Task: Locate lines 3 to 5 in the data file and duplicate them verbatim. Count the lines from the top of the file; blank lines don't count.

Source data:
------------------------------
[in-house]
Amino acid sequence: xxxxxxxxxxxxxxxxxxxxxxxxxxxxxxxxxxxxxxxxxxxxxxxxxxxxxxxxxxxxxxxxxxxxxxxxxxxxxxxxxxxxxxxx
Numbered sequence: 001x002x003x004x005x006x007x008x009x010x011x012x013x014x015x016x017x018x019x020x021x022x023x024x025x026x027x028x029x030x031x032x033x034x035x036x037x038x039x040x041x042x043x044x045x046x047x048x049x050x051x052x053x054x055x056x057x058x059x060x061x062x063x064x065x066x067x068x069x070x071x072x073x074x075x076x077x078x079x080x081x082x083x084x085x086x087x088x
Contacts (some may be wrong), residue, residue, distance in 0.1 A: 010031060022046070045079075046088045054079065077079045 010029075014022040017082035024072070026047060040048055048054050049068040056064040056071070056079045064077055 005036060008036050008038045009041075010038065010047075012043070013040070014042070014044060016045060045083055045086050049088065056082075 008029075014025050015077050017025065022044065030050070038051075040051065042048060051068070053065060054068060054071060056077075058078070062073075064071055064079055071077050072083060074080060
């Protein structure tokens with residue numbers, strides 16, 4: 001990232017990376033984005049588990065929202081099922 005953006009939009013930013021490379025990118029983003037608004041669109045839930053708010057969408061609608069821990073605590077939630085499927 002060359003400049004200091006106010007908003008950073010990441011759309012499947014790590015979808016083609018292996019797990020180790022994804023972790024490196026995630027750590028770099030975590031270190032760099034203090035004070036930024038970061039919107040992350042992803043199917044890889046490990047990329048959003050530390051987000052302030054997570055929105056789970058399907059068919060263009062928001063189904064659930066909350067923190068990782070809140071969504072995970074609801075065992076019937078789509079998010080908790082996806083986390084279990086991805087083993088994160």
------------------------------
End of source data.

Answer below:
Numbered sequence: 001x002x003x004x005x006x007x008x009x010x011x012x013x014x015x016x017x018x019x020x021x022x023x024x025x026x027x028x029x030x031x032x033x034x035x036x037x038x039x040x041x042x043x044x045x046x047x048x049x050x051x052x053x054x055x056x057x058x059x060x061x062x063x064x065x066x067x068x069x070x071x072x073x074x075x076x077x078x079x080x081x082x083x084x085x086x087x088x
Contacts (some may be wrong), residue, residue, distance in 0.1 A: 010031060022046070045079075046088045054079065077079045 010029075014022040017082035024072070026047060040048055048054050049068040056064040056071070056079045064077055 005036060008036050008038045009041075010038065010047075012043070013040070014042070014044060016045060045083055045086050049088065056082075 008029075014025050015077050017025065022044065030050070038051075040051065042048060051068070053065060054068060054071060056077075058078070062073075064071055064079055071077050072083060074080060
């Protein structure tokens with residue numbers, strides 16, 4: 001990232017990376033984005049588990065929202081099922 005953006009939009013930013021490379025990118029983003037608004041669109045839930053708010057969408061609608069821990073605590077939630085499927 002060359003400049004200091006106010007908003008950073010990441011759309012499947014790590015979808016083609018292996019797990020180790022994804023972790024490196026995630027750590028770099030975590031270190032760099034203090035004070036930024038970061039919107040992350042992803043199917044890889046490990047990329048959003050530390051987000052302030054997570055929105056789970058399907059068919060263009062928001063189904064659930066909350067923190068990782070809140071969504072995970074609801075065992076019937078789509079998010080908790082996806083986390084279990086991805087083993088994160």